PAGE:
The Australasian Podiatry Council (APC) estimates as many as 85 Australians a week—20 per 100,000 people—are undergoing diabetes-related lower-limb amputations, a rate it says is nearly the worst in the industrialized world.
“In Australia we don’t follow best practice as would be suggested by the scientific studies, and in countries where they do follow best practice they get dramatically better outcomes than we do,” said APC president Andrew Schox. “Best practice would be better or increased access to podiatry services for people who either have diabetes ulcers [or] who are at risk of it, and integration with teams of multi-disciplinary practitioners in the hospital setting for people who either have or are at very high risk. Both of those things have been shown to improve outcomes and prevent ulcers.”
In keeping with these best practices, Australian podiatrists are calling for urgent action from the Federal Government to help reduce the number of diabetes-related amputations.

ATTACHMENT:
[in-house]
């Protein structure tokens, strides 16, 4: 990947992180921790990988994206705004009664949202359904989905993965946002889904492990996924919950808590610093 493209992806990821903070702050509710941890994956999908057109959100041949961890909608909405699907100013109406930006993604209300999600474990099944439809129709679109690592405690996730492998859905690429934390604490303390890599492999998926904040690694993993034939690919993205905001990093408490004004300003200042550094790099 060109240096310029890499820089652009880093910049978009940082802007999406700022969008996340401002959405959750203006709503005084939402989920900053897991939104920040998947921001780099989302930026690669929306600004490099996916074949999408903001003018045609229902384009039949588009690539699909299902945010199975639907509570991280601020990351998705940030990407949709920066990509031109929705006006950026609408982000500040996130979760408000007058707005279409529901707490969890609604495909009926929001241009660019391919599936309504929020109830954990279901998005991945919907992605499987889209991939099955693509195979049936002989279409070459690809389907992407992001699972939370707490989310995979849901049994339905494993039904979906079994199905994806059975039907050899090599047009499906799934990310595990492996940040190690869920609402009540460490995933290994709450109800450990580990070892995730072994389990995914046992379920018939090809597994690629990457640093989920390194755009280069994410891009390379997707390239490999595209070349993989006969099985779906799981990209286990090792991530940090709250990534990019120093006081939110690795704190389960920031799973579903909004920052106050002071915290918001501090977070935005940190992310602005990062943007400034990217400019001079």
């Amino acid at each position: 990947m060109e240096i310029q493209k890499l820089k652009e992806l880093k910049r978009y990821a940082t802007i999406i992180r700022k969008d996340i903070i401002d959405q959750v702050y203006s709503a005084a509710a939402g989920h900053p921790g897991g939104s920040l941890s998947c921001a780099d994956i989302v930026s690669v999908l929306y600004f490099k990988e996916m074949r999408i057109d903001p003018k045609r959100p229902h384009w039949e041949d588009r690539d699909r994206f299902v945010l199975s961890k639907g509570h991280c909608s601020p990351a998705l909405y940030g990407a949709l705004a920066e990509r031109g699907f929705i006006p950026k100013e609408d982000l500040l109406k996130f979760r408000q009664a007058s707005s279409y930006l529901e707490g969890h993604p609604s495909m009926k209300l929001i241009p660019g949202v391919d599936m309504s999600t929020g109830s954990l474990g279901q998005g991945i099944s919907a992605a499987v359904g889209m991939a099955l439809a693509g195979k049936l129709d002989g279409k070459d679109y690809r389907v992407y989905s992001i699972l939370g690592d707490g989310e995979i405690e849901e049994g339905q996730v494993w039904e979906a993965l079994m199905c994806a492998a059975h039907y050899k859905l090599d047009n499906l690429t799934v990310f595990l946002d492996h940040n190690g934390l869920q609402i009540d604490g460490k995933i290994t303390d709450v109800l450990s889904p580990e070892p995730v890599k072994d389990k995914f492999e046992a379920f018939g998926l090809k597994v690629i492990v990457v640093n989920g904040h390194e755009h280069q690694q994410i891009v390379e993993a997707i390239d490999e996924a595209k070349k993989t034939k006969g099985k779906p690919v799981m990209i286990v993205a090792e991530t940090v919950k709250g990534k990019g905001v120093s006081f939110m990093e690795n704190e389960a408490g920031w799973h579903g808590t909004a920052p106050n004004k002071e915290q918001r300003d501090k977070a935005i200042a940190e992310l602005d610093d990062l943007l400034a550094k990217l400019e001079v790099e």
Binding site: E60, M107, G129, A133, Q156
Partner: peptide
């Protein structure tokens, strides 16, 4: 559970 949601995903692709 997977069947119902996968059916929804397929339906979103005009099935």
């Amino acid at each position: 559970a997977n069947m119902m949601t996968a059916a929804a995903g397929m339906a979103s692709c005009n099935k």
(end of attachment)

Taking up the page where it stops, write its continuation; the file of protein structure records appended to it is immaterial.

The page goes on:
Schox said the rate of lower-limb amputations in Australia in the 1990s was about 14 per 100,000 people, and in 2008 it was 18 per 100,000 people.
“If we were to spend an extra $85 million a year on consultations and other things, our cost savings would be between $200 million and perhaps closer to $400 million a year,” Schox said. “We would save up to 3,500 amputations a year because about 80 percent of ulcers are preventable. We could save up to 160,000 bed days and about 600 deaths.”
But the Australian Medical Association (AMA) is not convinced that a boost in funding for diabetes-related podiatry services is warranted.
AMA federal president Steve Hambleton, MD, said large amounts of funding need to be spent in the best possible place, starting with the family physician. He also said the hospitalization rate for lower-limb amputations is falling, which would indicate that they are treating diabetes better.
“I think the evidence that we’re using for this type of proposal was actually quite strong evidence, it’s high-quality evidence,” he said. “We’re not just trying to promote something that’s good for us or our profession, but we’re using strong scientific evidence to say this is where we should go…. It’s not just an idea, it’s something that’s been shown to work elsewhere and there’s no reason why it couldn’t work here.”